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They say a man's home is his castle, but it can be hard to maintain a castle with a slowing economy, rising interest rates and growing rent prices. It isn't all bad, though — relocation trends suggest the housing market might be growing rather than shrinking as it has in recent years. Let's take a closer look at these relocation trends and what they might mean for the housing market in the coming years.

Fewer and Shorter Moves

Americans simply aren't moving as far or as often as they used to. Between 2015 and 2016, barely over 10 percent relocated— nearly half of what the mobility rate was back in 1948. The distance of these moves has also dropped. In the same time period, only 6.9 percent of United States residents made short moves — again, nearly half of what it was in 1948.

Part of this is because many current homeowners are locked into their mortgages. Many were offered fixed interest rates during the Great Recession in 2008 in an effort to help them keep their homes, and interest rates have climbed again in the intervening decade.

Homeowners aren't the only ones affected by this lack of mobility, either — it has affected renters as well. Renters are moving less often, choosing instead to stay in their rental homes. This could be economic — moving is clearly expensive — but the result remains the same.

Older Americans Consider Renting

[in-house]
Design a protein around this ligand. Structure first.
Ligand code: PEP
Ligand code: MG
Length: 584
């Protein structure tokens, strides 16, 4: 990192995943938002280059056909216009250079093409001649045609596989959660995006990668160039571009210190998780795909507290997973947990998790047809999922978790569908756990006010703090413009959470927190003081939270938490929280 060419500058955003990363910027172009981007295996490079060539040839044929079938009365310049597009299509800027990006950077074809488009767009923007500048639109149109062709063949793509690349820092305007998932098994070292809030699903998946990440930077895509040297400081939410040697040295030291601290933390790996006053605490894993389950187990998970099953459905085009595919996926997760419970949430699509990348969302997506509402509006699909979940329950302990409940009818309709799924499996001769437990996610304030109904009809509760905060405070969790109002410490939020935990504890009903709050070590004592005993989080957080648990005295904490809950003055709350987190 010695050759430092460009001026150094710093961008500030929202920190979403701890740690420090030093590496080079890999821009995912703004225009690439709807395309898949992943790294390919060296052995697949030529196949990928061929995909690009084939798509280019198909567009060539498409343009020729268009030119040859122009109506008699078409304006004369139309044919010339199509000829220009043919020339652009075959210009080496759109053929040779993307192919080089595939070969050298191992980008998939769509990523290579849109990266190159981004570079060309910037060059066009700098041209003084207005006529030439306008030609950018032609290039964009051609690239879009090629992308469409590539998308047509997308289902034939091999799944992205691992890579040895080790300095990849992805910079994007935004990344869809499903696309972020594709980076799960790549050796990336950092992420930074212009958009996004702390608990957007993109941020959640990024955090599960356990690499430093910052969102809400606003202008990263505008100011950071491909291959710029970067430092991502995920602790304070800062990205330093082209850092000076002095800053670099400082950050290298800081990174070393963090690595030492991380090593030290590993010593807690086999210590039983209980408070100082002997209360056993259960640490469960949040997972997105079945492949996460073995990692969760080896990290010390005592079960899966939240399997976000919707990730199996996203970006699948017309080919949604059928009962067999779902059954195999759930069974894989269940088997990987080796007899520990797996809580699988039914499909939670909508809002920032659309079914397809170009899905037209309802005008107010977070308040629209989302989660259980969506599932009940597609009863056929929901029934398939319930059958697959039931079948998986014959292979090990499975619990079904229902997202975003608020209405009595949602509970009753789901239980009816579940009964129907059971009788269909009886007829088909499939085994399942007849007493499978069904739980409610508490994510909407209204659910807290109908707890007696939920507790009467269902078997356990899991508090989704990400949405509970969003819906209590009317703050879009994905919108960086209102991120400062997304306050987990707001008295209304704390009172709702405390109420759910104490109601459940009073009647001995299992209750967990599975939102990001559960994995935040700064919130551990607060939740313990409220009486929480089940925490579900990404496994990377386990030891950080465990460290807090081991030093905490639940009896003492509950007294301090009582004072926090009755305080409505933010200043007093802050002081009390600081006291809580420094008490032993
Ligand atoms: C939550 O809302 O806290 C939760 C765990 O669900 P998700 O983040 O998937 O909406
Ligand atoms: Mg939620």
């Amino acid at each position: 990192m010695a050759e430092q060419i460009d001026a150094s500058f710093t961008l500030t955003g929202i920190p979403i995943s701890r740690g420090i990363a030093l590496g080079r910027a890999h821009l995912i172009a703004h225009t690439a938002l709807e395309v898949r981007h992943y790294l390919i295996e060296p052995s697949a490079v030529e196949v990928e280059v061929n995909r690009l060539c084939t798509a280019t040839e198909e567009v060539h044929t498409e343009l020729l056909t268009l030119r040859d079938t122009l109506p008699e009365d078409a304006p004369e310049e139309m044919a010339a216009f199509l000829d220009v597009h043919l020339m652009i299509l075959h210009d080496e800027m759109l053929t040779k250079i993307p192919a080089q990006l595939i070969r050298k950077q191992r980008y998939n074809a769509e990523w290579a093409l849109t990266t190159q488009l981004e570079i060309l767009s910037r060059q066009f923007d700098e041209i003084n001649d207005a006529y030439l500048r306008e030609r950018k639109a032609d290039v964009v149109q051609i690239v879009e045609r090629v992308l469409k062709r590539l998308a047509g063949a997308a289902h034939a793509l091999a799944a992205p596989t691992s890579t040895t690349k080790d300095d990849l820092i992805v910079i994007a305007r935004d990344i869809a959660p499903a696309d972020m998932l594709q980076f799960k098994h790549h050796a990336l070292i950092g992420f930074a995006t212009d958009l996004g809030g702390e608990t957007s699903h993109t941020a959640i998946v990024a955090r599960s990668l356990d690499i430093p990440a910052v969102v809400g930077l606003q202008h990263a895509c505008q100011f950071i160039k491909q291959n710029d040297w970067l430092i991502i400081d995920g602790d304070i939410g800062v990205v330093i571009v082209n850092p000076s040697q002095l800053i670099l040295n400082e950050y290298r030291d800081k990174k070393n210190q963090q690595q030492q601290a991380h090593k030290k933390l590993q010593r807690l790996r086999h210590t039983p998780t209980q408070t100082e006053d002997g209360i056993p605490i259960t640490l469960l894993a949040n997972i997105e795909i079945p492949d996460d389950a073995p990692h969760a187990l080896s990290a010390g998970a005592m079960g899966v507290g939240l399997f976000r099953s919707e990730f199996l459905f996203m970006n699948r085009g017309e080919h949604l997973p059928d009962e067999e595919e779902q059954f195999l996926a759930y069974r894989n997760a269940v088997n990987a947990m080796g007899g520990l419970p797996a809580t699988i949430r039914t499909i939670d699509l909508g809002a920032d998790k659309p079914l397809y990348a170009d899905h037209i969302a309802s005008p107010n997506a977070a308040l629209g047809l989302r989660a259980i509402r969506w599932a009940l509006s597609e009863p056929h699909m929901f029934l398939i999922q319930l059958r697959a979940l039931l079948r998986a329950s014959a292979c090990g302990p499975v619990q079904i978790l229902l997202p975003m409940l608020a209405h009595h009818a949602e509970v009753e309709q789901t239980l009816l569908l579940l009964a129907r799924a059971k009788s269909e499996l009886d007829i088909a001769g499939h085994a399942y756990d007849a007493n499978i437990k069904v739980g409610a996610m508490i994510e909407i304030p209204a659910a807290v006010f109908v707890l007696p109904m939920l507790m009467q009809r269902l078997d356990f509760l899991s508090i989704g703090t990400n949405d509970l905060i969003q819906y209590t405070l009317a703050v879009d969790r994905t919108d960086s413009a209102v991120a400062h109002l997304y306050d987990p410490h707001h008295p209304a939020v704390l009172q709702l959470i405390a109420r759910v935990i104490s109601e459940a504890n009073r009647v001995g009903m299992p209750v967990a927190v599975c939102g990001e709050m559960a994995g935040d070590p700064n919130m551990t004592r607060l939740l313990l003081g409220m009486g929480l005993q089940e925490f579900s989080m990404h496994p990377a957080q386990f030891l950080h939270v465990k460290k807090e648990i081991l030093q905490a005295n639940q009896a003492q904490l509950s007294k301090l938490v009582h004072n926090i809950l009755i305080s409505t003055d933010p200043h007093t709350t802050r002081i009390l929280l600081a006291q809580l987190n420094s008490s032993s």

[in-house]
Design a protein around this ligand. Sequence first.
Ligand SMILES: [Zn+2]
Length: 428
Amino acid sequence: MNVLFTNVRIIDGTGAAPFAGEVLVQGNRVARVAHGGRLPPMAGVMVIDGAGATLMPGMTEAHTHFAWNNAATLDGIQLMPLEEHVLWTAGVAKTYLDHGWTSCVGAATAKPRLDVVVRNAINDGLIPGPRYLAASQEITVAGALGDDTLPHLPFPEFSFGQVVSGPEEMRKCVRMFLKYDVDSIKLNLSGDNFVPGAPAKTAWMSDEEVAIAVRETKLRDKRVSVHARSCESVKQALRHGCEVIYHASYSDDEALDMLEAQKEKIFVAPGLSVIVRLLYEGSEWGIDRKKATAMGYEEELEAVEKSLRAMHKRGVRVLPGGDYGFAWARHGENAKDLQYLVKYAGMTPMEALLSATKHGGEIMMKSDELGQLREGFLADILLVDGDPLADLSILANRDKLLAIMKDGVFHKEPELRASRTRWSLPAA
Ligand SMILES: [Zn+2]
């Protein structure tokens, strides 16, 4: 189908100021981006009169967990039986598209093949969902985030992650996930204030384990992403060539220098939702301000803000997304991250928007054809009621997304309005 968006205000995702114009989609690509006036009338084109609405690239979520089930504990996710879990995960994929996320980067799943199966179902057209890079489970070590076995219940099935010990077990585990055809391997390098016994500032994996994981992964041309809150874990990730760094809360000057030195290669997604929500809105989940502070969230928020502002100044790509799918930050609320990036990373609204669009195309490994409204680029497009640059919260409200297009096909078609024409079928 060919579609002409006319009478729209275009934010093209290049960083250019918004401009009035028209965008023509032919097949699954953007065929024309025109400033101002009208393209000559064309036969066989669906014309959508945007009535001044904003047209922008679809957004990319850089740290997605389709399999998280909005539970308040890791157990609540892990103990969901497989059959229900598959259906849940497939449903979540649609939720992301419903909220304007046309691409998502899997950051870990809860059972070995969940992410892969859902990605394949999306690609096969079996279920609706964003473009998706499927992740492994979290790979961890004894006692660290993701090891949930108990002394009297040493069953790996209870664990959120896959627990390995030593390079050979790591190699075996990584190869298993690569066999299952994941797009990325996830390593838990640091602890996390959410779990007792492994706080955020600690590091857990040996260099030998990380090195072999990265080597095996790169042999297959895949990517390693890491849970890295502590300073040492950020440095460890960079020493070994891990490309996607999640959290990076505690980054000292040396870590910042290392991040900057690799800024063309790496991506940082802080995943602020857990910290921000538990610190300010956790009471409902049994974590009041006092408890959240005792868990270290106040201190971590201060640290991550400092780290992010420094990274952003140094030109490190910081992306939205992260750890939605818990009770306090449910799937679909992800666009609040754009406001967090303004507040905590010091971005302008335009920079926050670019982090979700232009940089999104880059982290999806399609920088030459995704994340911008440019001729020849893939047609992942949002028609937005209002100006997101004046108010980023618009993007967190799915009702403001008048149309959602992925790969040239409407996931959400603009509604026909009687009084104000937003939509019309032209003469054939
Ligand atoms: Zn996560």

Age is also a variable that needs to be considered when looking at relocation statistics. Senior citizens, those over the age of 65, will make up a full 20 percent of the population by 2030 when the youngest of the Baby Boomer generation reaches retirement age. This generation is less likely to move — for work or otherwise — because they have sunk so much into their home, their neighborhood and the relationships they have built while living there. 

On the other hand, some studies have indicated that boomers are renting more frequently to enjoy a more urban lifestyle in their retirement. Investors are likely to see an uptick in senior tenants in markets that are more attractive for those seeking community activities and entertainment. 

No Need to Relocate

Between 2015 and 2016, only one out of every five moves was due to a work opportunity. This is because, thanks to the advent of the technological revolution known as the 4th Industrial Revolution, many people don't need to move for work — they can simply telecommute and work from home. This enables the worker to save money on things like their residence and their commute. It also enables them to live in areas where the cost of living is lower, so each paycheck stretches a little further.

Of course, this isn't practical for every field, but many companies that can offer work-from-home opportunities are starting to do so. It's good for the companies, too — it widens the potential talent pool they can pull from, and it means they don't have to pass up on potentially good additions to their team simply because of the individual's geographic location.

Why should a property investor worry about relocation trends? They can indicate where your market is headed. Just because people aren't moving as much as they used to doesn't mean markets are ceasing to grow. As the housing market starts to shift again, we could find ourselves looking at more moves in the future. Furthermore, rental markets are bustling as a result of younger workers’ reliance on flexibility and older Americans’ changing lifestyles.


Holly Welles is the editor behind The Estate Update, where she shares real estate tips and ideas for home fixes.